Because while we’re in a pandemic and sports are secondary to public health, they’re not nothing. Not to the kids who are missing out on them.

The question is whether the data allows for high school sports in the minds of public health officials. If a 3% seven-day positivity rate is the barometer, Oakland County (4.1%), Macomb County (6.8%), Monroe County (5.5%) and Wayne County (4.6%) aren’t in position to play. Same for Saginaw (5.0%), Tuscola (3.8%) and Bay counties (3.2%). Nor is Grand Traverse (3.4%) or Wexford (3.2%) up north. Or Isabella (5.4%), Van Buren (4.1%) and Berrien (3.2%) to the west.

Locally, while Ingham, Eaton and Clinton have seven-day rolling positivity rates of 2% or less, Shiawassee is at 4%. Lenawee is at 3.7%.

In other words, we aren’t there as an entire state. If you go by cases per million residents, most populous counties aren’t close to 10 per million.

“If everybody could just bite the bullet for 3 to 4 weeks: No large gatherings, wear that mask, hand hygiene, social distancing, all of that, give us a few weeks,” Vail, Ingham County’s top health official, said.

Fall high school sports, including football, don’t have a few weeks to give.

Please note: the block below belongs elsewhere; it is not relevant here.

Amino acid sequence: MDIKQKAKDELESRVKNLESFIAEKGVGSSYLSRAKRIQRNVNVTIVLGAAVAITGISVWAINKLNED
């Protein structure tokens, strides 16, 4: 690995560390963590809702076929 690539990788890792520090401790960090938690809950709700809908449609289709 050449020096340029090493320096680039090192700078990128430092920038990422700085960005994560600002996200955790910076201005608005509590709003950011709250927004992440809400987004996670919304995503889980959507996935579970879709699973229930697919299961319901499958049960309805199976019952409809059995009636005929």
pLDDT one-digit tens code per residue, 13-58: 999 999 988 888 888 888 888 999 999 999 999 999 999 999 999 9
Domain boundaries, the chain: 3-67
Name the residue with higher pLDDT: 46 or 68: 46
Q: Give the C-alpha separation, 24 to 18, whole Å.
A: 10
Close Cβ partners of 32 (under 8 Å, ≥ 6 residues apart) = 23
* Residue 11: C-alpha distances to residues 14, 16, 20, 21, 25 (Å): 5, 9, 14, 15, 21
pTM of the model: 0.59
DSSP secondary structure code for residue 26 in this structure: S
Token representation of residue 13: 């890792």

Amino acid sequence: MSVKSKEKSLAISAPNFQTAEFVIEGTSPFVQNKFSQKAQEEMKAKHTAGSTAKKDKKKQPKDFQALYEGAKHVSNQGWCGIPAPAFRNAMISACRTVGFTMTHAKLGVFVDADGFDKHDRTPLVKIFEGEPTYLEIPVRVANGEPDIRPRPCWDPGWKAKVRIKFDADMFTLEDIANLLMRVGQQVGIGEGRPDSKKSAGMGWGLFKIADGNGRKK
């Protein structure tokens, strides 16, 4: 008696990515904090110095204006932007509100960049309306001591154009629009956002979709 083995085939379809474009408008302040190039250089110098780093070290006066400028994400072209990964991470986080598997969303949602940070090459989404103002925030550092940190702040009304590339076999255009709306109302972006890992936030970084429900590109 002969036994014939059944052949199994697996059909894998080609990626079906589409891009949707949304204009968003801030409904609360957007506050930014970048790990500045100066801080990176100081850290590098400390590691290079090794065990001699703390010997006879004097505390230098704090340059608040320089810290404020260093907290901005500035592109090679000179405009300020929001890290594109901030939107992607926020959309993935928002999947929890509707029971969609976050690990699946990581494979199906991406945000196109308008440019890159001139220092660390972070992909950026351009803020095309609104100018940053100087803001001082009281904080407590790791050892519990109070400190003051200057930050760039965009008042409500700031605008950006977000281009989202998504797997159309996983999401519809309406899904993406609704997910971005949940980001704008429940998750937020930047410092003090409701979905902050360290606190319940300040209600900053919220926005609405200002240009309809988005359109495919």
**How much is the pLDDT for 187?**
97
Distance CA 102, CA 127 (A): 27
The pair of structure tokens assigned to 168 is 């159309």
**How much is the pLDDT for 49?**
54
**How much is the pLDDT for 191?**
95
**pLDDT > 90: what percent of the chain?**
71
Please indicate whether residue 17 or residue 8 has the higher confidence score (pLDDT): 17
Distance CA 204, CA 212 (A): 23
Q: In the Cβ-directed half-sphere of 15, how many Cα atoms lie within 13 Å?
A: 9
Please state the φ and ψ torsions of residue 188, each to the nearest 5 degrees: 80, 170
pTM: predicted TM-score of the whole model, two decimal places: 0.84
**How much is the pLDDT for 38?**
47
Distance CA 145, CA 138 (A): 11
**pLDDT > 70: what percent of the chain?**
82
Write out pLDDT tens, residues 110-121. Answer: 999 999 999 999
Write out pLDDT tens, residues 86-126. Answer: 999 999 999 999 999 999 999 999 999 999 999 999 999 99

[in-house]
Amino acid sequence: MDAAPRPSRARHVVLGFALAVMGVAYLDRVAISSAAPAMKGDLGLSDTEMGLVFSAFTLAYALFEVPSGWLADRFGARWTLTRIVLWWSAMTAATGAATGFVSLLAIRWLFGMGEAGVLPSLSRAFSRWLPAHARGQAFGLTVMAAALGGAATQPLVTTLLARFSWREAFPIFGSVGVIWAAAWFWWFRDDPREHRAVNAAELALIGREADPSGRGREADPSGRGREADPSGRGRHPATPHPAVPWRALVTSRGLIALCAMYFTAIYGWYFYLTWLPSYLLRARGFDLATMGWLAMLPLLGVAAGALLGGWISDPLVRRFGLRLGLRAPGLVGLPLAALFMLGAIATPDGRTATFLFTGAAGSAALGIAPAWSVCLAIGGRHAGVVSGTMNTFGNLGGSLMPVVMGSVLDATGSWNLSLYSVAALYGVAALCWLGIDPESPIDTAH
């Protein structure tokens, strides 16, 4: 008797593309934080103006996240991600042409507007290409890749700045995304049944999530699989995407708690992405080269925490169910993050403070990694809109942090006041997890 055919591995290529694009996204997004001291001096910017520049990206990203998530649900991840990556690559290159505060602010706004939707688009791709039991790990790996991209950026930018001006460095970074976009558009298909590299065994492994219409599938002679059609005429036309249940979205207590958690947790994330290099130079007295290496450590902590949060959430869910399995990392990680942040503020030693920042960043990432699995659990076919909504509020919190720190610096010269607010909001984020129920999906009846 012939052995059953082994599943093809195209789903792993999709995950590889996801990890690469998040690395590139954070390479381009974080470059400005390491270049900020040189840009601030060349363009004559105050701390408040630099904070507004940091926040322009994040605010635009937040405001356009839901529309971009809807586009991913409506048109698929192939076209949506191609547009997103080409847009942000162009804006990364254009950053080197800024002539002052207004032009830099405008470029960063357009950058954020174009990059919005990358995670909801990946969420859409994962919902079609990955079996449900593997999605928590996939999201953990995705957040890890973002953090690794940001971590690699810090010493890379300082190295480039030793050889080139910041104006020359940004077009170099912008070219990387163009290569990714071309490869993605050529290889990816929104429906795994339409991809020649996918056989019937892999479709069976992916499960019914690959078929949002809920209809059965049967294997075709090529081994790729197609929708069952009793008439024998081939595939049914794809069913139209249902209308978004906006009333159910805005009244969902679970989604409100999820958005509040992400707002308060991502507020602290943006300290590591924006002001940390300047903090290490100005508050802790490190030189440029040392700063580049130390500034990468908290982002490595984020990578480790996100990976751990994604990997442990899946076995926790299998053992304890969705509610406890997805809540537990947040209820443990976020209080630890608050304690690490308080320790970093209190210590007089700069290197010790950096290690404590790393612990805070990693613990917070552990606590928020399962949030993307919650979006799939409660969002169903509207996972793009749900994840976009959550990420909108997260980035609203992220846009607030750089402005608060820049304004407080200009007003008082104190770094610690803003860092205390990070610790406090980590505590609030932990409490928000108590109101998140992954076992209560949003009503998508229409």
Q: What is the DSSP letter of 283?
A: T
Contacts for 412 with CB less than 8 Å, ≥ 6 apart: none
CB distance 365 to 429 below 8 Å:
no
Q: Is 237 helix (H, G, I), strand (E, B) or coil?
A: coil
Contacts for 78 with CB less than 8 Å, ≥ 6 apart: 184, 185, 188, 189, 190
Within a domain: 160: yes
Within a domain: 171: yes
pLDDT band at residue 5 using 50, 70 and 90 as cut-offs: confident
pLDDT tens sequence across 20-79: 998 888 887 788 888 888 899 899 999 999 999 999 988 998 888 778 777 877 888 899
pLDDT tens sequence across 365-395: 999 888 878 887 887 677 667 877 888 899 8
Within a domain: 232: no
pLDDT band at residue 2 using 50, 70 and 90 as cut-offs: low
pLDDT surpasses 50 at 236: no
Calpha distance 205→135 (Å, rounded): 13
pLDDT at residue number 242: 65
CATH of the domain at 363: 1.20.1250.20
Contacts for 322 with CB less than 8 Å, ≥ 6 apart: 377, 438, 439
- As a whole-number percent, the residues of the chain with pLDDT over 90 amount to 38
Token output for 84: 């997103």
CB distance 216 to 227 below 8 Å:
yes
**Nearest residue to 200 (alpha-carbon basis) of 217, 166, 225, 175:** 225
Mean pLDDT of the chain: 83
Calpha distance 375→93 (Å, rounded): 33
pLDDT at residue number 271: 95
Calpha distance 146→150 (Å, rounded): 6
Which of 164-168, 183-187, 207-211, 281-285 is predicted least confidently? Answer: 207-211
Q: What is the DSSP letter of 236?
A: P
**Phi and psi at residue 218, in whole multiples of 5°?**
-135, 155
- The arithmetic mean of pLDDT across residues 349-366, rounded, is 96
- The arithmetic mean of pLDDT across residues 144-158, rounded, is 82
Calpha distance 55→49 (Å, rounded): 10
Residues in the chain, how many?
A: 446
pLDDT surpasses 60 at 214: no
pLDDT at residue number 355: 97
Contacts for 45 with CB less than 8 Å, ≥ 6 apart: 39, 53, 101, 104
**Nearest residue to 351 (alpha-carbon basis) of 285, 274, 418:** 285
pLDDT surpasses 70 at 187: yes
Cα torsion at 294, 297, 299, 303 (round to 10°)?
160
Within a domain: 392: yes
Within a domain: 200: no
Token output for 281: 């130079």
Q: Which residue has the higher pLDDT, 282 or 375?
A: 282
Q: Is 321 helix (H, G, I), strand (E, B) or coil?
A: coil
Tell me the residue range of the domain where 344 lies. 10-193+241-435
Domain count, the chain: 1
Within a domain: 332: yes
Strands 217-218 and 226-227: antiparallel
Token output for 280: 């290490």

MORE:  Couch: For Lansing-area schools, some beginning in-person classes, there are no good answers

It’s either now — as in this week — or in the spring. The early spring, which isn’t ideal for anyone and is worse for those in the northern part of the state.

“I think I’ve got a handle on what spring football looks like in northern parts of our state,” Uyl said.

Maybe they should just be allowed to play high school football and volleyball now, if their COVID-19 case numbers allow for it. 

Maybe two MHSAA football seasons is the answer. As long as the spring football season remains a priority and the usual spring sports are pushed out into the early summer. Besides, if you think high school football in March in Petoskey sounds awful, you haven’t seen baseball there in April. 

My concern: This new push to revisit football this fall plays to prevailing winds from the west and north, while leaving the east side of the state in a tough spot. Same for every district that doesn’t think school is safe, let alone football.

If it’s safe to play football or volleyball or to swim, Gov. Whitmer needs to say it this week. If it’s not, she should say that, too. All in great detail and with empathy. 

“If we get approval in August yet, even if it’s into very early September … I think everybody would say, ‘Let’s get this played this fall,’ even if it’s a little shorter,” Uyl said, “because there’s just a ton of challenges that come when you start pumping stuff into next spring.”

I don’t know about everybody.

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Contact Graham Couch at Follow him on Twitter @Graham_Couch.